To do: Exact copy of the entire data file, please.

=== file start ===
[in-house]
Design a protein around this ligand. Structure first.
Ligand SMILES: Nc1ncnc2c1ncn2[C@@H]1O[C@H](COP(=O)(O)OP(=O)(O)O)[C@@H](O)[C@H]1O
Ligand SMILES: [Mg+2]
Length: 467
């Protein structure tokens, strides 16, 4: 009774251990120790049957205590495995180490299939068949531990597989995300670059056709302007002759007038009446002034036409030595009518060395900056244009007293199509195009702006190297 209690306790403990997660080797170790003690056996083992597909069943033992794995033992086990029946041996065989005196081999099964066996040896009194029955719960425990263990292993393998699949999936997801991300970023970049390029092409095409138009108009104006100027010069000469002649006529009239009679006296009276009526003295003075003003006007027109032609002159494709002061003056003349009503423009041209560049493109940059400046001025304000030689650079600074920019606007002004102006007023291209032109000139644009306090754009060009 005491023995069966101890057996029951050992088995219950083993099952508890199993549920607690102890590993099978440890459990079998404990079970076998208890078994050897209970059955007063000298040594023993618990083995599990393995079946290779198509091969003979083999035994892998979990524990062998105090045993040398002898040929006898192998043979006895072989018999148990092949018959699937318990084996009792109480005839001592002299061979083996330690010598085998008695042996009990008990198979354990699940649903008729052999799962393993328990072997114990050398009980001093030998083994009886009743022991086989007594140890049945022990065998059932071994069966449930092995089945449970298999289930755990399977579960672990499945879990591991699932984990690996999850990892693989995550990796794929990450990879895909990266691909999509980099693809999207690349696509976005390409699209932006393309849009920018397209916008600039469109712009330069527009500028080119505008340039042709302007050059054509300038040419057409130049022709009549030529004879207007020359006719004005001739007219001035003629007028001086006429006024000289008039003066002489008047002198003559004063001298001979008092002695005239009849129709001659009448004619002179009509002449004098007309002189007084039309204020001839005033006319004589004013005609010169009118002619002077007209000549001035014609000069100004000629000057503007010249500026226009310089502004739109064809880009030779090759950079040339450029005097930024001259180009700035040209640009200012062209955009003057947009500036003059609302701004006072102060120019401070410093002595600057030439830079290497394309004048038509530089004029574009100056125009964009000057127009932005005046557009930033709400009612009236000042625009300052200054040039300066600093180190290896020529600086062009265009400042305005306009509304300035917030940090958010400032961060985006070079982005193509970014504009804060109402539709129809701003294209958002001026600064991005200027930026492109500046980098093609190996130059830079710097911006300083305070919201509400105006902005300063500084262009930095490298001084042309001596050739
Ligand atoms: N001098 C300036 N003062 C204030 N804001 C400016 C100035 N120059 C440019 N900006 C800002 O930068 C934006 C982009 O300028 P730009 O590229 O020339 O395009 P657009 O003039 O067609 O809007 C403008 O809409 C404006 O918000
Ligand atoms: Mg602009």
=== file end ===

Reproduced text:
[in-house]
Design a protein around this ligand. Structure first.
Ligand SMILES: Nc1ncnc2c1ncn2[C@@H]1O[C@H](COP(=O)(O)OP(=O)(O)O)[C@@H](O)[C@H]1O
Ligand SMILES: [Mg+2]
Length: 467
């Protein structure tokens, strides 16, 4: 009774251990120790049957205590495995180490299939068949531990597989995300670059056709302007002759007038009446002034036409030595009518060395900056244009007293199509195009702006190297 209690306790403990997660080797170790003690056996083992597909069943033992794995033992086990029946041996065989005196081999099964066996040896009194029955719960425990263990292993393998699949999936997801991300970023970049390029092409095409138009108009104006100027010069000469002649006529009239009679006296009276009526003295003075003003006007027109032609002159494709002061003056003349009503423009041209560049493109940059400046001025304000030689650079600074920019606007002004102006007023291209032109000139644009306090754009060009 005491023995069966101890057996029951050992088995219950083993099952508890199993549920607690102890590993099978440890459990079998404990079970076998208890078994050897209970059955007063000298040594023993618990083995599990393995079946290779198509091969003979083999035994892998979990524990062998105090045993040398002898040929006898192998043979006895072989018999148990092949018959699937318990084996009792109480005839001592002299061979083996330690010598085998008695042996009990008990198979354990699940649903008729052999799962393993328990072997114990050398009980001093030998083994009886009743022991086989007594140890049945022990065998059932071994069966449930092995089945449970298999289930755990399977579960672990499945879990591991699932984990690996999850990892693989995550990796794929990450990879895909990266691909999509980099693809999207690349696509976005390409699209932006393309849009920018397209916008600039469109712009330069527009500028080119505008340039042709302007050059054509300038040419057409130049022709009549030529004879207007020359006719004005001739007219001035003629007028001086006429006024000289008039003066002489008047002198003559004063001298001979008092002695005239009849129709001659009448004619002179009509002449004098007309002189007084039309204020001839005033006319004589004013005609010169009118002619002077007209000549001035014609000069100004000629000057503007010249500026226009310089502004739109064809880009030779090759950079040339450029005097930024001259180009700035040209640009200012062209955009003057947009500036003059609302701004006072102060120019401070410093002595600057030439830079290497394309004048038509530089004029574009100056125009964009000057127009932005005046557009930033709400009612009236000042625009300052200054040039300066600093180190290896020529600086062009265009400042305005306009509304300035917030940090958010400032961060985006070079982005193509970014504009804060109402539709129809701003294209958002001026600064991005200027930026492109500046980098093609190996130059830079710097911006300083305070919201509400105006902005300063500084262009930095490298001084042309001596050739
Ligand atoms: N001098 C300036 N003062 C204030 N804001 C400016 C100035 N120059 C440019 N900006 C800002 O930068 C934006 C982009 O300028 P730009 O590229 O020339 O395009 P657009 O003039 O067609 O809007 C403008 O809409 C404006 O918000
Ligand atoms: Mg602009």